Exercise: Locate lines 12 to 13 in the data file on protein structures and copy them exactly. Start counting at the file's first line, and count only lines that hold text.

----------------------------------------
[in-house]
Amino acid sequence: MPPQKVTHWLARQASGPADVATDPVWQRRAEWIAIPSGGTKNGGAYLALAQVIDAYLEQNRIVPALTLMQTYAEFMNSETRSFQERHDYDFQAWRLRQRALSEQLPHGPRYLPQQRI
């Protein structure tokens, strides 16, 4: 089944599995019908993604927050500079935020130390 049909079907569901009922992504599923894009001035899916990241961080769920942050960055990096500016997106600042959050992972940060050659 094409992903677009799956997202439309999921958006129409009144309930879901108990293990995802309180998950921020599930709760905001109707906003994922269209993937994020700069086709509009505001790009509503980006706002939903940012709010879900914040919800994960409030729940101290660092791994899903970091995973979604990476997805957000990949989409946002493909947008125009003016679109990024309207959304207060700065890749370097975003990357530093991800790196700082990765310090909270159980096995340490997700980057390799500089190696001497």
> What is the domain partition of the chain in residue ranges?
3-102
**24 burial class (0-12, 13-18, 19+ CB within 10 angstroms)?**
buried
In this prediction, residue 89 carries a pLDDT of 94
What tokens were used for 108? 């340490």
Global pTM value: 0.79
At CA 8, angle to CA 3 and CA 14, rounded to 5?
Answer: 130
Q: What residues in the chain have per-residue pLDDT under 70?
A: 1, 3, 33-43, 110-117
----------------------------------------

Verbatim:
Answer: 130
Q: What residues in the chain have per-residue pLDDT under 70?